To determine sample sizes for variable testing, additional parameters called "power" and "difference to detect" are needed. Statistical power is a measure of consumers’ protection. The higher, the better, and it also can be risk-based, as shown in Table 1. Lower risk implies lower required confidence and power, which leads to smaller sample sizes.

In addition to using risk, variable sample sizes also can be reduced by realistically increasing the difference to detect. If historical data on the product under test or on a similar product are available, the data can be used to estimate what difference to detect value would be so small that there would be insignificant risk if it were not detected. In other words, if the data infer that the requirement can likely be met comfortably, smaller sample sizes can be used.

Table 2 provides sample sizes for different powers and differences to detect, all with 95% confidence. Notice how much the difference to detect value can affect sample sizes, by entire orders of magnitude.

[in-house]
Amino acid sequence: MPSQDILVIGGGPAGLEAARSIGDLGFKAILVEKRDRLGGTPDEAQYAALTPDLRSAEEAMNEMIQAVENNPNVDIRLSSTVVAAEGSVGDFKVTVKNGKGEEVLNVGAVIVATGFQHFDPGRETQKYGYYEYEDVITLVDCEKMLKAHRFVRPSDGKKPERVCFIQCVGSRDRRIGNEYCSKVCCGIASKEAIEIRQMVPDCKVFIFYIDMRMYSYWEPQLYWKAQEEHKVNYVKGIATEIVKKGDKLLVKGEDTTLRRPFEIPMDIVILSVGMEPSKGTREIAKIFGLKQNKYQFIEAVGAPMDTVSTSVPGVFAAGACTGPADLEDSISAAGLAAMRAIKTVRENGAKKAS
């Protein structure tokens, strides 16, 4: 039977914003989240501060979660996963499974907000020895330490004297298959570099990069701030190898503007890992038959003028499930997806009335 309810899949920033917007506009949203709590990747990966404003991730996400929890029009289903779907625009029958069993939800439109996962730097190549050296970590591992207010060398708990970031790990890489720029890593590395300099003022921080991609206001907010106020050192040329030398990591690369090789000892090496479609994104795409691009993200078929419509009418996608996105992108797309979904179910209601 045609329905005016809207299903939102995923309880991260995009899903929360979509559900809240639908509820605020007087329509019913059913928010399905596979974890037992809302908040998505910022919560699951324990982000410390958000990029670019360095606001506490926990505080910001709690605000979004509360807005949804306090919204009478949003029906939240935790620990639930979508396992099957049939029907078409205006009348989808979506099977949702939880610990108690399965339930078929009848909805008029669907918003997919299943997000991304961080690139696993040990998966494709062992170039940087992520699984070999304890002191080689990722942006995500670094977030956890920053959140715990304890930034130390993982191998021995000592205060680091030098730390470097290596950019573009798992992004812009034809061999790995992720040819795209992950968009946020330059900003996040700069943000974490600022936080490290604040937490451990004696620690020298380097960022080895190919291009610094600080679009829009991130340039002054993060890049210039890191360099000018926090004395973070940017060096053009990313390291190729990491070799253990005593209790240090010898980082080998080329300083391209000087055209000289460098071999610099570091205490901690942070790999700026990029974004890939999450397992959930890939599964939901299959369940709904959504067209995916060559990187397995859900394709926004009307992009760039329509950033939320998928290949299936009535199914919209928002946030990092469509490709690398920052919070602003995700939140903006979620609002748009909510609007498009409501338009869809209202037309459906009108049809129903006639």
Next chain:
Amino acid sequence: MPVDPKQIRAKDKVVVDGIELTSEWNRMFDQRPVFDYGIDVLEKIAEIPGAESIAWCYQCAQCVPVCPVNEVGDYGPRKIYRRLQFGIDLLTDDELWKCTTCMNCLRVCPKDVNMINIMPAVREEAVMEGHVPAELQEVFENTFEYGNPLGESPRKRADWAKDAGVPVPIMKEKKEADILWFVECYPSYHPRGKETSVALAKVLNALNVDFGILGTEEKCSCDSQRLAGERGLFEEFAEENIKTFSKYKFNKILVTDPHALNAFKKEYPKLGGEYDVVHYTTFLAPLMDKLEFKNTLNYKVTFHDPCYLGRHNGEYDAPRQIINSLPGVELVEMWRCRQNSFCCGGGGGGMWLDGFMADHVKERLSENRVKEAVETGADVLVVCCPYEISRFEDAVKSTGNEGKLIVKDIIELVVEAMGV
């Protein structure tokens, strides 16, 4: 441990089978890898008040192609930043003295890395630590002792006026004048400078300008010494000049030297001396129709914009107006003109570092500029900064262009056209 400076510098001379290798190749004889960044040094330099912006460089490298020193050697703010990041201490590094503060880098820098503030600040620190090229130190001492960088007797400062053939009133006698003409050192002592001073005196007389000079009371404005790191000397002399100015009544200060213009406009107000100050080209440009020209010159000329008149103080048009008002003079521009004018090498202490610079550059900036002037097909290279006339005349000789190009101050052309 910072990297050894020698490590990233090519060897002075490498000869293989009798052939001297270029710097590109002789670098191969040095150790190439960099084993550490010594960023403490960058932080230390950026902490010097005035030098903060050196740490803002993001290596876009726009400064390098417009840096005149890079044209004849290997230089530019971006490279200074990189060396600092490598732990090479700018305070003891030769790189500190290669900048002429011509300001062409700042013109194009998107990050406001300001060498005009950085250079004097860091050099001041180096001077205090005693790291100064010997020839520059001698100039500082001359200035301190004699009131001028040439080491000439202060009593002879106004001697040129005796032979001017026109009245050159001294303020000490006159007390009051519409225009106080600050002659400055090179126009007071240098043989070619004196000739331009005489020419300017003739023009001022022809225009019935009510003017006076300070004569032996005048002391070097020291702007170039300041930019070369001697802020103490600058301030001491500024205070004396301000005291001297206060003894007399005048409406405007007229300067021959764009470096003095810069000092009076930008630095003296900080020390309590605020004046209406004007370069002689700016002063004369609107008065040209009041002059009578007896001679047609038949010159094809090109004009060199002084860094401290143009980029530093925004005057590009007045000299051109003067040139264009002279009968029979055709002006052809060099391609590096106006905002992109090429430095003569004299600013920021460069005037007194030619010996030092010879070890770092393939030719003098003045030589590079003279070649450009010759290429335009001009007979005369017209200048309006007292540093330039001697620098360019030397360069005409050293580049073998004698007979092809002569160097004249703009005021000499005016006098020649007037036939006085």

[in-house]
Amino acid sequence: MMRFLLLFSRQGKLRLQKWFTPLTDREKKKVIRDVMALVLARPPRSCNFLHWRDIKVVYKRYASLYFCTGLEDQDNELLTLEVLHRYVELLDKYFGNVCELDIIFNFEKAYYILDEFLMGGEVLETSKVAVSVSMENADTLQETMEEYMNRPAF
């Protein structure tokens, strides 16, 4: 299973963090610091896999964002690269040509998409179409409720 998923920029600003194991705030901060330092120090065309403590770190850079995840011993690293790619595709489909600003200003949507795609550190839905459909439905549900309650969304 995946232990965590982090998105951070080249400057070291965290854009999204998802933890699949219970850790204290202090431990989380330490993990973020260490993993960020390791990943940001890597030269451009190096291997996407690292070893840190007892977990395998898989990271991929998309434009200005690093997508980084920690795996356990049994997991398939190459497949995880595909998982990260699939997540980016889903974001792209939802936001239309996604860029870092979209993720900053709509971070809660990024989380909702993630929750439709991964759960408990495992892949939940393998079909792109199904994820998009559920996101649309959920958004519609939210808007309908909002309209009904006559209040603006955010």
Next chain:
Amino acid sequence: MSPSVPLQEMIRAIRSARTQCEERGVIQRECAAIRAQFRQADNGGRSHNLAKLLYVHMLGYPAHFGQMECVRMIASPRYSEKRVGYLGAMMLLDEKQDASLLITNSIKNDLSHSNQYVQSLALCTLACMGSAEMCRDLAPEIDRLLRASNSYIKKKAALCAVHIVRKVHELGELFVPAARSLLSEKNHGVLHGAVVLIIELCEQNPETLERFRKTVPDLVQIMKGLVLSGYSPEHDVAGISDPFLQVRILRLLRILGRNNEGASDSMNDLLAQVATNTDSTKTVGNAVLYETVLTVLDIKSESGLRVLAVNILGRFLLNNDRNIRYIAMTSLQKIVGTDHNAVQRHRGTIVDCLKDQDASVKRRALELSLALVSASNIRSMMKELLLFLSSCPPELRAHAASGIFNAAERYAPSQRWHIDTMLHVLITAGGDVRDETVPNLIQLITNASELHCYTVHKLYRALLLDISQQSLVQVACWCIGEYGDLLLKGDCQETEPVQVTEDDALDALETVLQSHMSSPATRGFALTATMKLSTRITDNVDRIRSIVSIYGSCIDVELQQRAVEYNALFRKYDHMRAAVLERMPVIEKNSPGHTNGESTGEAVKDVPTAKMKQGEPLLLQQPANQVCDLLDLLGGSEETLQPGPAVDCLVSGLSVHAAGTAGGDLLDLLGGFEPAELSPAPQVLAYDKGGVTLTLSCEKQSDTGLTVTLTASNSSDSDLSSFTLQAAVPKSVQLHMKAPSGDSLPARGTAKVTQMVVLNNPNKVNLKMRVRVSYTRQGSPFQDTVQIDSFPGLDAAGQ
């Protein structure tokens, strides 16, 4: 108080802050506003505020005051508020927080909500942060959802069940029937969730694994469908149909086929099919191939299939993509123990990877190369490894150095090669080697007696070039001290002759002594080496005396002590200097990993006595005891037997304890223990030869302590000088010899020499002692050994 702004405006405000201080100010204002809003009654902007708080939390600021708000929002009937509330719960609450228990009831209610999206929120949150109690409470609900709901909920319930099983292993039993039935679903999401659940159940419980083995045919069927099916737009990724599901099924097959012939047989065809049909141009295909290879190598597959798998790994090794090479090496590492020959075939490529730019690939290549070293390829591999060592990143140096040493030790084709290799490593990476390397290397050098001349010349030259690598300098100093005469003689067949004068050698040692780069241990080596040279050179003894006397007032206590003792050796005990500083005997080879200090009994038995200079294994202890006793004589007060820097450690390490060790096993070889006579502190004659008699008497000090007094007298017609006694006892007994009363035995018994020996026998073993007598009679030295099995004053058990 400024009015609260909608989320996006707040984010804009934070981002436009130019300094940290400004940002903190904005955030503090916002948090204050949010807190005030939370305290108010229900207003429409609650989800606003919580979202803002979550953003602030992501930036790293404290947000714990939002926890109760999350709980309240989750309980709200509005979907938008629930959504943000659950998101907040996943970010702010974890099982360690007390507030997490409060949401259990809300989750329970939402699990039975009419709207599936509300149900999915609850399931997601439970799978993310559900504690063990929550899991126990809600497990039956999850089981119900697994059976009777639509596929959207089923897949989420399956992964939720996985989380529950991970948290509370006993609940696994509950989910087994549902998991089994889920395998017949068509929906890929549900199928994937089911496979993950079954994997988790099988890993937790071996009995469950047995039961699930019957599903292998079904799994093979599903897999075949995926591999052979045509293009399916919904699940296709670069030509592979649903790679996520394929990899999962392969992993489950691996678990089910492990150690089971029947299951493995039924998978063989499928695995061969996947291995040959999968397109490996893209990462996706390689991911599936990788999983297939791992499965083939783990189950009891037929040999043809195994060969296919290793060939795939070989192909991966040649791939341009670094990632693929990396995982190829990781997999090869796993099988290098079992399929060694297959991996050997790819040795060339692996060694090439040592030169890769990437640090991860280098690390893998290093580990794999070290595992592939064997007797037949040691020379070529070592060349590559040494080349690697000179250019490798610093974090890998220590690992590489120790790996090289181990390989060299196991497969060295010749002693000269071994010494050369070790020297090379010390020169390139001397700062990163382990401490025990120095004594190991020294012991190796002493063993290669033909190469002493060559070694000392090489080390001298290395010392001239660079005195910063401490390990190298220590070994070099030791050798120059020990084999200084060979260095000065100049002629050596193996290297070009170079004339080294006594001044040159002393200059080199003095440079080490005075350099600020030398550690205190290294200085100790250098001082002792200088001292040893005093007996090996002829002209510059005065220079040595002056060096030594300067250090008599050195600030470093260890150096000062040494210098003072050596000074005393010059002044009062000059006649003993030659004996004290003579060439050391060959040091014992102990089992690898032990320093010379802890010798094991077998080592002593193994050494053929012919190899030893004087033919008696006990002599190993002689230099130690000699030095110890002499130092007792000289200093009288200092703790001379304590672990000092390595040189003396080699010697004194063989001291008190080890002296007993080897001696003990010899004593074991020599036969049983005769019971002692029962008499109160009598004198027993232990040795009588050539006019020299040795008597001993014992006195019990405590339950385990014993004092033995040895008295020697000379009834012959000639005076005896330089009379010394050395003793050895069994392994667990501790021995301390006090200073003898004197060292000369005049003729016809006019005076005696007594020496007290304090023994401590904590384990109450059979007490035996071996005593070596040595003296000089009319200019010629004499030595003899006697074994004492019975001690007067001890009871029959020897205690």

Table 2

Table 2 applies to data that follow the normal distribution, so testing for normality is necessary before conducting the analysis. Alternate techniques such as data transformations and determining best-fit distributions are recommended if the data are not normally distributed.

For true reliability testing, the sample size calculation for a reliability demonstration test is straightforward, assuming the exponential distribution and its constant failure rate apply. Reliability software, such as ReliaSoft’s Weibull++ software and supporting literature, thoroughly explains the concepts that follow. The sample size is related to the total accumulated test time (T), which can be calculated from the equation:

T = (MTTF × X2CL, 2(r + 1)) / 2.

In this equation, MTTF is the mean time to failure that needs to be demonstrated, X2 is the Chi-squared distribution, CL is the confidence level and r is the number of failures.

After T is determined, you can calculate the sample size by dividing T by the available test time per unit. Note the tradeoff between sample size and test time per unit. Smaller sample sizes can be used, but the test time is longer. Also, as previously shown with attribute and variable testing, confidence level is a discretionary parameter. If the risk level allows, decreasing the confidence level can reduce the total test time needed, and therefore can decrease the sample size. The required MTTF also may have some discretion, although it is primarily driven by product requirements and a relevant safety margin. Decreasing the required MTTF can reduce sample size, again with caution and only if the risk level permits.

Other techniques to minimize the cost of testing or reduce sample size include: